We first need to set up our router, so we're going to import browser router route redirect and switch from react-router-dom. We'll set up a const-routes equals our browser-router. This will use HTML5 routing. We'll then add a switch. This will allow us to select our routes based upon the paths that match.
Our first will route with a path equals /home, and we'll give it our component which is just going to be the app that we are currently rendering and importing right here. Now, to set up an easy way to redirect from the slash to this path so that we can demonstrated the nested dynamic tabs, we're going to set up a redirect and say from to, which is going to be /home.
Whenever we hit our slash it will redirect to /home which will then render our component. The final thing rather than rendering just our app, we place in our routes here.
Now we can go take a look. We can see that we are rendering our app. If we go to just the route, the slash, it will redirect to /home in the URL. Let's switch over and create the routes in our application.
These are going to be our tab routes but they'll just be normal React components. We'll say const profile is equal to a functional React component. We'll just say, you're on the profile tab. We can do that for the others as well. We're going to create a comments as well as a contact.
Instead of profile we'll say comments. Here we'll say contact. The next thing we need to is bring in the link from react-router-dom. This will allow us to change the URL. Now we can set up our links inside of here and say, link. We'll say 2=/home. We're going to give it a class name, link, just to give it a little bit of styling. This will be our profile.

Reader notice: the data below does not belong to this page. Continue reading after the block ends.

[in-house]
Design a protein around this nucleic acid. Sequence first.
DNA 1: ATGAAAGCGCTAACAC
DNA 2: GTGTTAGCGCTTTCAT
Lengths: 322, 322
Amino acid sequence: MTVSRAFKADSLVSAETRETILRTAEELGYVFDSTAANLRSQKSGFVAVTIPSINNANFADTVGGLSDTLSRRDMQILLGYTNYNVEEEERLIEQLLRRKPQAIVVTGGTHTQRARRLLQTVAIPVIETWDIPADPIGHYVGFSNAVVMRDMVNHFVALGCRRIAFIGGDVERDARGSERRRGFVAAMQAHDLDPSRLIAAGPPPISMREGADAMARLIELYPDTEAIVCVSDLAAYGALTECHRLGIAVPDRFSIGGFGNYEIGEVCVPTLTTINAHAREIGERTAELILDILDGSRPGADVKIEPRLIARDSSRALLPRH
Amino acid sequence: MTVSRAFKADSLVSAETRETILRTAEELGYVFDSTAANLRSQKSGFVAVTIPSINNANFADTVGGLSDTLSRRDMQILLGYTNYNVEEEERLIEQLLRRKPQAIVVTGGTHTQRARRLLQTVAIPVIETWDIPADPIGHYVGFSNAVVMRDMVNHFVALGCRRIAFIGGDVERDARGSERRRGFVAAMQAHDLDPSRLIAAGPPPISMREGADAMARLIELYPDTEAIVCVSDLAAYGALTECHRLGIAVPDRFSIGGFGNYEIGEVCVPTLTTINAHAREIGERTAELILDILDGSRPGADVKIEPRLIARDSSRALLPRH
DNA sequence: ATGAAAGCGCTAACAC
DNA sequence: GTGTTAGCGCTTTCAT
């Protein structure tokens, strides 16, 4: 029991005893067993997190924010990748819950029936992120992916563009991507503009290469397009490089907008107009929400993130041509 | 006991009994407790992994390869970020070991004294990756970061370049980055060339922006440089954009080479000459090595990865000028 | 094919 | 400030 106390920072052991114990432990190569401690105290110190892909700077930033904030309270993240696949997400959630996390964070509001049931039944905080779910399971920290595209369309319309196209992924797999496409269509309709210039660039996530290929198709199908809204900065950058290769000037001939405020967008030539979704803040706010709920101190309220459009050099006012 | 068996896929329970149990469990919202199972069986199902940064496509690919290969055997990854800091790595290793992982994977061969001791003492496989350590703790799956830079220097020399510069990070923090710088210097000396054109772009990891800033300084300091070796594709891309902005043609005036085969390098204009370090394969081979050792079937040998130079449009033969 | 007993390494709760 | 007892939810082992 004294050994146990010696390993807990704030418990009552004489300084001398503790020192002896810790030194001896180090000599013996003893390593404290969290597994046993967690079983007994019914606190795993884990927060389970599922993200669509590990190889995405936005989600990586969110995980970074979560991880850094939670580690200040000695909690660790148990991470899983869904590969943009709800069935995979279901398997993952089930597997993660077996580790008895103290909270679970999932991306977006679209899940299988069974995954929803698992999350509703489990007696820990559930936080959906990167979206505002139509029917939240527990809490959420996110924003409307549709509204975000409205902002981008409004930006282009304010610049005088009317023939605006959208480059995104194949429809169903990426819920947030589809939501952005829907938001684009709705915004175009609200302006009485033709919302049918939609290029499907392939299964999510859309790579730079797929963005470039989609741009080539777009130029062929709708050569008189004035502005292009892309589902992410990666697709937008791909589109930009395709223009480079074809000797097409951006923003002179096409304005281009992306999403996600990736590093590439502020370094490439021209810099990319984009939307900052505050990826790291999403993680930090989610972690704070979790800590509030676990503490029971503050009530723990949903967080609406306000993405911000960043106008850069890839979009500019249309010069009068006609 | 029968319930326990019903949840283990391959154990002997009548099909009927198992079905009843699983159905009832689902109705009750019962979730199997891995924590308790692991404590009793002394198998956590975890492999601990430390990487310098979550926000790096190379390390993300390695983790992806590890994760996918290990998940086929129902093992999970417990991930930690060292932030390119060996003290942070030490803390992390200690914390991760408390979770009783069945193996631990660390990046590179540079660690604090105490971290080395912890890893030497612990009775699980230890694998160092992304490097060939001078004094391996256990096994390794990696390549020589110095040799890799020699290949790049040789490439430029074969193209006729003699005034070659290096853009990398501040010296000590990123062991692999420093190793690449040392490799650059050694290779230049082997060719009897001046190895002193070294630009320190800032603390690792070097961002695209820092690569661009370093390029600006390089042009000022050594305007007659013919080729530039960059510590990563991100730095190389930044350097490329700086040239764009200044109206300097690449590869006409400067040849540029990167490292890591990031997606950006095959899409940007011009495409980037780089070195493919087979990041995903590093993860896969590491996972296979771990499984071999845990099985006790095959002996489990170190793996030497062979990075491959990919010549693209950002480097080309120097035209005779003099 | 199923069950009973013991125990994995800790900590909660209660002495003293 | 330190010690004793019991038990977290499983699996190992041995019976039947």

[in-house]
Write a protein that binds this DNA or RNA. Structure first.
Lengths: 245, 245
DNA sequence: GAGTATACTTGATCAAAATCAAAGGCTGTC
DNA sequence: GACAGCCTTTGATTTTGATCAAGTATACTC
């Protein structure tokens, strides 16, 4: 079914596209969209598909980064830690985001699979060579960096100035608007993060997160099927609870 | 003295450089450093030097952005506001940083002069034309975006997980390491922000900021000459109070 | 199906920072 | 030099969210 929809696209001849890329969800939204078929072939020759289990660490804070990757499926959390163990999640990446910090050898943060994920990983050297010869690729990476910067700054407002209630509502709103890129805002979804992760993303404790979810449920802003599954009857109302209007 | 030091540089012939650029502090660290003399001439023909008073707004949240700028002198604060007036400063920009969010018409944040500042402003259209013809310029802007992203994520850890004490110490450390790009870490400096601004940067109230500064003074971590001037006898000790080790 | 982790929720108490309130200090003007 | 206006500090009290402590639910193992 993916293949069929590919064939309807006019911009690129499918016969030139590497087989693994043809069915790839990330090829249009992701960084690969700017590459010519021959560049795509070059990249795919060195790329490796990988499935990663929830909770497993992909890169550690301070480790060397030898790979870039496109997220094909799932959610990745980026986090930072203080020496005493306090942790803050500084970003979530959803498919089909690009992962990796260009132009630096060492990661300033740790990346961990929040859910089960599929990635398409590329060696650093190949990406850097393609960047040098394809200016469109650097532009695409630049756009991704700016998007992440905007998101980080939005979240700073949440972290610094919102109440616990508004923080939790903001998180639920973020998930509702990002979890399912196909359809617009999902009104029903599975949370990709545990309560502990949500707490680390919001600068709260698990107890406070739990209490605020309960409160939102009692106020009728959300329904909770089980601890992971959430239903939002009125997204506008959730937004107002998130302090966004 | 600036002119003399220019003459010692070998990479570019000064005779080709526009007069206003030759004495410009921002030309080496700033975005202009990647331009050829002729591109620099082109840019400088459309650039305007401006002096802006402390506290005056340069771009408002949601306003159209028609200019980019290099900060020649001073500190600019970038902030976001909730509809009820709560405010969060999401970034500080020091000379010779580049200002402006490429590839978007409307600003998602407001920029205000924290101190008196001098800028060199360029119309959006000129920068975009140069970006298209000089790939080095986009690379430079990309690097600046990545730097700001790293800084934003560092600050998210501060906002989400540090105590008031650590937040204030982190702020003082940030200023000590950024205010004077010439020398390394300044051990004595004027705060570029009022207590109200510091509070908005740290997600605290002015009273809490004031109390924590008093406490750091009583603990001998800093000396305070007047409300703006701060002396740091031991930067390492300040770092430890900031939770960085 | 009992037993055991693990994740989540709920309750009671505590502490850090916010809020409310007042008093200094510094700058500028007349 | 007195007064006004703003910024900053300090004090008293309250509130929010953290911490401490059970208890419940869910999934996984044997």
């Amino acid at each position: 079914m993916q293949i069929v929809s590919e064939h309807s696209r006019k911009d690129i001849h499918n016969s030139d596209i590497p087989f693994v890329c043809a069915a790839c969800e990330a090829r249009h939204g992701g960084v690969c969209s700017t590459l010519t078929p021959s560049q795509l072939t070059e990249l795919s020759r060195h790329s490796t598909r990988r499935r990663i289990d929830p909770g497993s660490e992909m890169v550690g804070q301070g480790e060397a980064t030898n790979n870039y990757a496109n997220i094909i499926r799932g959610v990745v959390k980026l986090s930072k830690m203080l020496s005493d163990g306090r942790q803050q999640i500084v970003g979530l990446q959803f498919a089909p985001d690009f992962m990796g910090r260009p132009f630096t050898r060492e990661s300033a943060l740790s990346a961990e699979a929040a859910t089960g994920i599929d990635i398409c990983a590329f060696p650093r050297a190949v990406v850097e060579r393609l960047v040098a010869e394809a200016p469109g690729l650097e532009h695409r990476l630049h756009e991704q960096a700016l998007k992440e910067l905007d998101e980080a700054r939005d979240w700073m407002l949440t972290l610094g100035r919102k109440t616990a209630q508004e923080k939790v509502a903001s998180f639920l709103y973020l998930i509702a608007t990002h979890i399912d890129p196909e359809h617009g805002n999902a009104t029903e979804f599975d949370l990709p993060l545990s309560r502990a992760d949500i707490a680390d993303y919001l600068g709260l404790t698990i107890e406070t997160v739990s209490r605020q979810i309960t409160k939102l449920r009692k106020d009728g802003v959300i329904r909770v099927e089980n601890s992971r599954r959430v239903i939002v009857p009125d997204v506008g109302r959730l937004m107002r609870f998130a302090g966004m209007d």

With React-router we need to specify an absolute path to the route. With this, this means we need to add /home/comments and /contact. We'll change these to comments, and change this to contact. If we go and take a look, we could see that we have our links rendering.
When we click on them the URL will change to the appropriate route. Now we need to set up the nested routes that will respond to these particular path links that we've set up. We'll import switch as well as route.
Inside of our tabs we'll set up our switch which will just determine a single one that needs to be rendered. Then we'll set up our routes. Our first one will be a route with the path of /home. We'll put an exact here so that when we are at /home it will render this exact profile component.
However, when we go to these others it will render those components at that particular URL. We'll say, component=profile. We'll set up our other routes and say, comments/contact and switch these over.
If we take a look we can see that we are /home so our profile is rendering. Click on comments. If we change the comments and click on contact we are now rendering contact. The problem is that if we change /home at the top level, so instead of /home we say crazy route and go back to our app, we can see that it's no longer rendering correctly.
In order to fix this, rather than hard coding home we're going to get the path from this .props.match. This .props.match refers to the matched path from up above. It will be equivalent to this /crazy route. Now rather than /home we can replace it with path. Here we'll replace it with path. Anything /home we'll replace with our path.
Then we can just fix these to be string interpolations. Now we've built our links to reference the matched path and then add in the other path parameter that is necessary to then also match up to these sub-routes that are rendering.
If we go look, once again we now have our crazy route which is just the matched path rendering at profile, comments and contact. We can then switch this back to home or anything else, and these will continue to work correctly.